Friday, April 12, 2024


Where your horizon expands every day.


Boeing has increased their forecast for China’s demand for new planes over the next 20 years to 8,560.

Boeing raised its prediction for the number of new aircraft expected to be delivered to China over the next 20 years, citing the country’s growing economy and rising demand for domestic air travel.

According to the latest forecast from the American aircraft manufacturer, Chinese airlines will require 8,560 new commercial planes by 2042, which is an increase from the previous estimate of 8,485 made last year.

In June, the company expressed continued optimism for China, stating that it would account for 20% of the worldwide air travel market.

Despite the passage of over four years, Boeing has yet to resume providing Chinese airlines with their top-selling 737 MAX aircraft. This delay follows two tragic crashes and has resulted in a lack of new orders from Chinese carriers since 2017.

Boeing announced that China’s fleet is expected to grow significantly to almost 9,600 aircraft within the next two decades. Additionally, China’s domestic aviation market is projected to become the largest in the world by the end of the forecast period. This growth will drive a demand for 6,470 single-aisle planes, including the Boeing 737 MAX family.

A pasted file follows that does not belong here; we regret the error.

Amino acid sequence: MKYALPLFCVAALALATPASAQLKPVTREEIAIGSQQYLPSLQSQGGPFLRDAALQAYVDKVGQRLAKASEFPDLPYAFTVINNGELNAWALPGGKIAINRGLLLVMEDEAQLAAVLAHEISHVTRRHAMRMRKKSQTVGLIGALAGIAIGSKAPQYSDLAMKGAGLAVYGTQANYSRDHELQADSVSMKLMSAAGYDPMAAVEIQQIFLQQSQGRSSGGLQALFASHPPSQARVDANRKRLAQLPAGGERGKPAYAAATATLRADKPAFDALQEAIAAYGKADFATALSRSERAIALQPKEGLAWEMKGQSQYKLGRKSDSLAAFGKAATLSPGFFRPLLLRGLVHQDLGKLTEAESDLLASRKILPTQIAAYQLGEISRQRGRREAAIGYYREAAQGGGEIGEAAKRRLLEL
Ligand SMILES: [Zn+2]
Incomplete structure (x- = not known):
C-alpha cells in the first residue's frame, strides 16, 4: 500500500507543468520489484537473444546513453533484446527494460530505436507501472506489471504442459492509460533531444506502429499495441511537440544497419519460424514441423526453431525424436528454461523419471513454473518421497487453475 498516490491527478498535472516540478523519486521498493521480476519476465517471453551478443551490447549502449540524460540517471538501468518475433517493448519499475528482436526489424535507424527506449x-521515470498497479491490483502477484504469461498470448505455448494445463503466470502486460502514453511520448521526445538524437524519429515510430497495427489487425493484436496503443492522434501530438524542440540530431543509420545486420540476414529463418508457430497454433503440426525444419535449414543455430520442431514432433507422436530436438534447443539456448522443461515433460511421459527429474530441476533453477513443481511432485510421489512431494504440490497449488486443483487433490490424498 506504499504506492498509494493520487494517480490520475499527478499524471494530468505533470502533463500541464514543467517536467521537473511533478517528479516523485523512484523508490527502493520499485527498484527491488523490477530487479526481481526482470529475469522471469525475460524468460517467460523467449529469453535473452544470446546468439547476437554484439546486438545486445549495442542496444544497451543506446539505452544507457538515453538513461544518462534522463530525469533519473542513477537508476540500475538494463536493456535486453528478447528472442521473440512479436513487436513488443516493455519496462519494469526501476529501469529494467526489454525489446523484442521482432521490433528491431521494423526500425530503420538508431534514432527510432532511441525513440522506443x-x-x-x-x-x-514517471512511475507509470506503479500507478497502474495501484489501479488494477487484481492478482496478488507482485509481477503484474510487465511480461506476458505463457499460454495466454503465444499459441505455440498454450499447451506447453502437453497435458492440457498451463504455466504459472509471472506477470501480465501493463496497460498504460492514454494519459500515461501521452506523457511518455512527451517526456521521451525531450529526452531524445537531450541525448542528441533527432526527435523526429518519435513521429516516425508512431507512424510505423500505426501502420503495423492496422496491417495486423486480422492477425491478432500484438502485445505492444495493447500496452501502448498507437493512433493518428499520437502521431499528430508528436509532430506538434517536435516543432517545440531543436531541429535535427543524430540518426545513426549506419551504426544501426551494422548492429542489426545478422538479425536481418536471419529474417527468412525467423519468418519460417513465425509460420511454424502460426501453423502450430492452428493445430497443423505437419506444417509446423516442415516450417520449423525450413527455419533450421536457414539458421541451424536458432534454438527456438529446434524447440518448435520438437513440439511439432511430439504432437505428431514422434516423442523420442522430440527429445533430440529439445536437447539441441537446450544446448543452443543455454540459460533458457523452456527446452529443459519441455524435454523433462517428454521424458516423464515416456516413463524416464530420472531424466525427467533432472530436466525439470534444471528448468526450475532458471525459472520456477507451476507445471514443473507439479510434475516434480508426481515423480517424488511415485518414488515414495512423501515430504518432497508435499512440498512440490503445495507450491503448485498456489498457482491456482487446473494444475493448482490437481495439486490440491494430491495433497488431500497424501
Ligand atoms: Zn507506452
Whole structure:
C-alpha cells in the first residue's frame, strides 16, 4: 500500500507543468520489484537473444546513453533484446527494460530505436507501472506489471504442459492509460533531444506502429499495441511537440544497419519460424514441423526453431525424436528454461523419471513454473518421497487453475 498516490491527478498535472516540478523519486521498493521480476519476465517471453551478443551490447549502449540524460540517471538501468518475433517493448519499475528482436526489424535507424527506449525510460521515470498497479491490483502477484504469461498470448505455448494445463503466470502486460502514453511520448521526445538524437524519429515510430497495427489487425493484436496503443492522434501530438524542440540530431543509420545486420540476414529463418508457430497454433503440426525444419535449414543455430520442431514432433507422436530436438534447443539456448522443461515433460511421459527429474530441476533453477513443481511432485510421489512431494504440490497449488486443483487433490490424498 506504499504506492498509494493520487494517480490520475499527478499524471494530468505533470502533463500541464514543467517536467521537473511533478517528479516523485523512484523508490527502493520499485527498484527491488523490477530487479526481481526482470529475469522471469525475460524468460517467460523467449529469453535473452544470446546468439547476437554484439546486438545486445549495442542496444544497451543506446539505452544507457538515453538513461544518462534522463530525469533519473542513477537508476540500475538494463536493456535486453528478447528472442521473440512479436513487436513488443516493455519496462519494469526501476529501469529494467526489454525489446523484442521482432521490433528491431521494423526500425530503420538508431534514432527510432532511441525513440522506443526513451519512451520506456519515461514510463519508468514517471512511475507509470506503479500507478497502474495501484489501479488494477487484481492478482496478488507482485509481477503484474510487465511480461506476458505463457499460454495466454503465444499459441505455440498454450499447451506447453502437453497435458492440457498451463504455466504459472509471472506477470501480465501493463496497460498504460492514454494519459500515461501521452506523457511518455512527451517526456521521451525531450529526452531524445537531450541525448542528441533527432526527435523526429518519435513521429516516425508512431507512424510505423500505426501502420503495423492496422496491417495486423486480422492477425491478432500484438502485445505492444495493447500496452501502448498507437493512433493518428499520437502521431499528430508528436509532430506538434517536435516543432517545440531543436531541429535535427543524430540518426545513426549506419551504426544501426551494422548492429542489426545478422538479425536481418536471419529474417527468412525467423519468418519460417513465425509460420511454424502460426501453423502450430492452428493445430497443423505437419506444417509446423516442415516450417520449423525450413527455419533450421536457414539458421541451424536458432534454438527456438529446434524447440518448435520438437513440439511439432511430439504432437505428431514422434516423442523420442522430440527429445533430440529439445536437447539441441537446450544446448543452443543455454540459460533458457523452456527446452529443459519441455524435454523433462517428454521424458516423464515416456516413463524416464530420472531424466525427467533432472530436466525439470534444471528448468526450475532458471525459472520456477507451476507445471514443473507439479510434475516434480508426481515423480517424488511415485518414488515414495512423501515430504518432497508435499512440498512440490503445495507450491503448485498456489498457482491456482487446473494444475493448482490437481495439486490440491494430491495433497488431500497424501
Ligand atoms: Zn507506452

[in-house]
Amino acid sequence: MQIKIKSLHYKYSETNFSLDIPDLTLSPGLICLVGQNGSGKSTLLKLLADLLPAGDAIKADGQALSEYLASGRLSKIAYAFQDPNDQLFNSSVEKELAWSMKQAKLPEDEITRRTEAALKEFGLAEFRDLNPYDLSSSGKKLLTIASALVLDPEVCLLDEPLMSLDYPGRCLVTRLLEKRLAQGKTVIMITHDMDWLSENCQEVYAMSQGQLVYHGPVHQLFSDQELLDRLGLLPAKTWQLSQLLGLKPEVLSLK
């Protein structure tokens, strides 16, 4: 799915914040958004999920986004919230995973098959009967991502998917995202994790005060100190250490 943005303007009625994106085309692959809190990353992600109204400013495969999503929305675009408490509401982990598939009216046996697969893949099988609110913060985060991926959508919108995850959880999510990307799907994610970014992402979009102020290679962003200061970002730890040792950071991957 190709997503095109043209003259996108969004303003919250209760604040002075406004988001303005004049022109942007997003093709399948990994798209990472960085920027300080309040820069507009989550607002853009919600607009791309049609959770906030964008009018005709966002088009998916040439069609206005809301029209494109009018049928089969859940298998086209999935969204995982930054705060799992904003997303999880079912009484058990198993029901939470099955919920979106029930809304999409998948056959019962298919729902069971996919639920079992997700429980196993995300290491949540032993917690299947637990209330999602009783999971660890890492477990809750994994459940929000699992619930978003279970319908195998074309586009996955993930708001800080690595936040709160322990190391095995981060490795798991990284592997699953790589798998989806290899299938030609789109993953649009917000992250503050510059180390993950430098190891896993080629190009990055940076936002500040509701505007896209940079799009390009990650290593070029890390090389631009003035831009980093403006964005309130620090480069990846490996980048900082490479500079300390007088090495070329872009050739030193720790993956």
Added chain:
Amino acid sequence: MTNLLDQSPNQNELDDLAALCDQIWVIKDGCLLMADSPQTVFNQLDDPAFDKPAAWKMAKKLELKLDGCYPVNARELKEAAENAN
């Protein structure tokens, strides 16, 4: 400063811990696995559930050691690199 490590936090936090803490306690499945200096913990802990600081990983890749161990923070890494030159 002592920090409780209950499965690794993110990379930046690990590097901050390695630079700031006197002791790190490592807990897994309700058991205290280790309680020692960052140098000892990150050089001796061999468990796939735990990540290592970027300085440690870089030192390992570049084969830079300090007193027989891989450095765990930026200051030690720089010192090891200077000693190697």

“According to Darren Hulst, vice president of commercial marketing at Boeing, domestic air travel in China has exceeded pre-pandemic levels and there is a gradual recovery in international travel.”

As China’s economy and transportation continue to expand, Boeing’s full range of commercial aircraft will have a significant impact in promoting sustainable and cost-effective growth.

In July, Boeing reported that they have approximately 85 MAX aircraft available for Chinese customers, and that 55 of the MAXs originally designated for Chinese airlines have been reassigned.

In April, Reuters stated that the Chinese aviation authority released a report that was considered an important milestone for Boeing to resume deliveries. However, no deliveries have resumed as of yet.